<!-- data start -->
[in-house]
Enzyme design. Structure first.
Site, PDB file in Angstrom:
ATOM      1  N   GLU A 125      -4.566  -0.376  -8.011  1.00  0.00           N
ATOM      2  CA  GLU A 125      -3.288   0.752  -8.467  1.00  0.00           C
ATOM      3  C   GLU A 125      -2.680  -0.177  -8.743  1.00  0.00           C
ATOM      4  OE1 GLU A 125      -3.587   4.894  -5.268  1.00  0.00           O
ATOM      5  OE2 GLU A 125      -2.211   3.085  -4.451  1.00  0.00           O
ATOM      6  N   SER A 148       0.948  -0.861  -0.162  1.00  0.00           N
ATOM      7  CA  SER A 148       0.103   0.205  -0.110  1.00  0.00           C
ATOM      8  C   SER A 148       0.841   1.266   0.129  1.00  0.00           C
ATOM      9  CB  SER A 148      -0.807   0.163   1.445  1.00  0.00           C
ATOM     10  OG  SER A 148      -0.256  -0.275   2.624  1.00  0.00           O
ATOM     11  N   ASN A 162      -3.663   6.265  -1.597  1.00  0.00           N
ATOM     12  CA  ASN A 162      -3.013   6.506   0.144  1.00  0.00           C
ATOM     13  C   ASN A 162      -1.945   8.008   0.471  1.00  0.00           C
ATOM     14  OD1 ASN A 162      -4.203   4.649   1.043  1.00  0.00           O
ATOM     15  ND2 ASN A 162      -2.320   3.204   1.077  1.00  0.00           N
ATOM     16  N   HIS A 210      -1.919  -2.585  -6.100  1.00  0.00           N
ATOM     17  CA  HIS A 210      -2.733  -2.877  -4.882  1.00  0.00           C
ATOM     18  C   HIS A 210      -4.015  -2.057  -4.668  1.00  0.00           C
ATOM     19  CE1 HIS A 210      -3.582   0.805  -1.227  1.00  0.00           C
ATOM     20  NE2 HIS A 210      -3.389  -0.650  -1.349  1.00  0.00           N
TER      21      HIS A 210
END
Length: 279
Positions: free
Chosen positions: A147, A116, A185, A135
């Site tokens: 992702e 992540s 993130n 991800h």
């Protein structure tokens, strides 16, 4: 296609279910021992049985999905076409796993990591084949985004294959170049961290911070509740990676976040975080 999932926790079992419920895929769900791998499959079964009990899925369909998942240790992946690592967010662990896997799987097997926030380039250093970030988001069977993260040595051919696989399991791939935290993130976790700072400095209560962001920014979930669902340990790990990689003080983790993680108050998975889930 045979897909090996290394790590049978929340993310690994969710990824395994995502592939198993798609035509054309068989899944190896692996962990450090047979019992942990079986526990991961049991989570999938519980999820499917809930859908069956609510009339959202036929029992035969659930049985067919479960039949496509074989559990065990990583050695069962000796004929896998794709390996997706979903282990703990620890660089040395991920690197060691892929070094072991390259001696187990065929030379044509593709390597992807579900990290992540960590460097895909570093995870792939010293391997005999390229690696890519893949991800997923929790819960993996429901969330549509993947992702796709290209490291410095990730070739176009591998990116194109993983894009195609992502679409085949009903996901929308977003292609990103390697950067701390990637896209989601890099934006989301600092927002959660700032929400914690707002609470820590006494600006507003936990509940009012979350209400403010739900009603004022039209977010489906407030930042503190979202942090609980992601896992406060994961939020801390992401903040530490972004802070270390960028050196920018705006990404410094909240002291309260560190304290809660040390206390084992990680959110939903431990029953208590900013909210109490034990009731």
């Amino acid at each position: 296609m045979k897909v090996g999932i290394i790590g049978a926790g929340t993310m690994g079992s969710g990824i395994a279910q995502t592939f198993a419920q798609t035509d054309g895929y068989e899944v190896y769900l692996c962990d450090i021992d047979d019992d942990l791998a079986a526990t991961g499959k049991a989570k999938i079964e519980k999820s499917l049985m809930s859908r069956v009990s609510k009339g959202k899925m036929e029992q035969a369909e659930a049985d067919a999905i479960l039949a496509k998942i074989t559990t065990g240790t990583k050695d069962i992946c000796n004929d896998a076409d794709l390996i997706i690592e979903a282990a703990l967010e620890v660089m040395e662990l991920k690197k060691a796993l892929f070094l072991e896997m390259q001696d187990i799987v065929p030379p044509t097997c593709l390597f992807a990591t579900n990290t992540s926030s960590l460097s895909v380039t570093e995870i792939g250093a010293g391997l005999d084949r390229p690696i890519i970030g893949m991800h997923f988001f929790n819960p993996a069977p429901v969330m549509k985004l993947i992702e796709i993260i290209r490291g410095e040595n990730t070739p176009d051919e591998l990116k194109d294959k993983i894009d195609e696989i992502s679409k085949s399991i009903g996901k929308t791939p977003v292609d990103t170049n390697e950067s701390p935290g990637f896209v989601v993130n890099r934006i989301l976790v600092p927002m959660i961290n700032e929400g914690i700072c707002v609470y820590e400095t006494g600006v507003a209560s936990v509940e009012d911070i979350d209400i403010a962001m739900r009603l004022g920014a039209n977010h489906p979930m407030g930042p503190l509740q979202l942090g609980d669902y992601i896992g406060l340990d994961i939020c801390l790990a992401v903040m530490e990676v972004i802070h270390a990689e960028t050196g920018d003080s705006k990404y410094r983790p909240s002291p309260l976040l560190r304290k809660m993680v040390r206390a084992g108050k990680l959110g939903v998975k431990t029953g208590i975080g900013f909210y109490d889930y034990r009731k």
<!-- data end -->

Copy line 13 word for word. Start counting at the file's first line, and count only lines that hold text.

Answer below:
ATOM     10  OG  SER A 148      -0.256  -0.275   2.624  1.00  0.00           O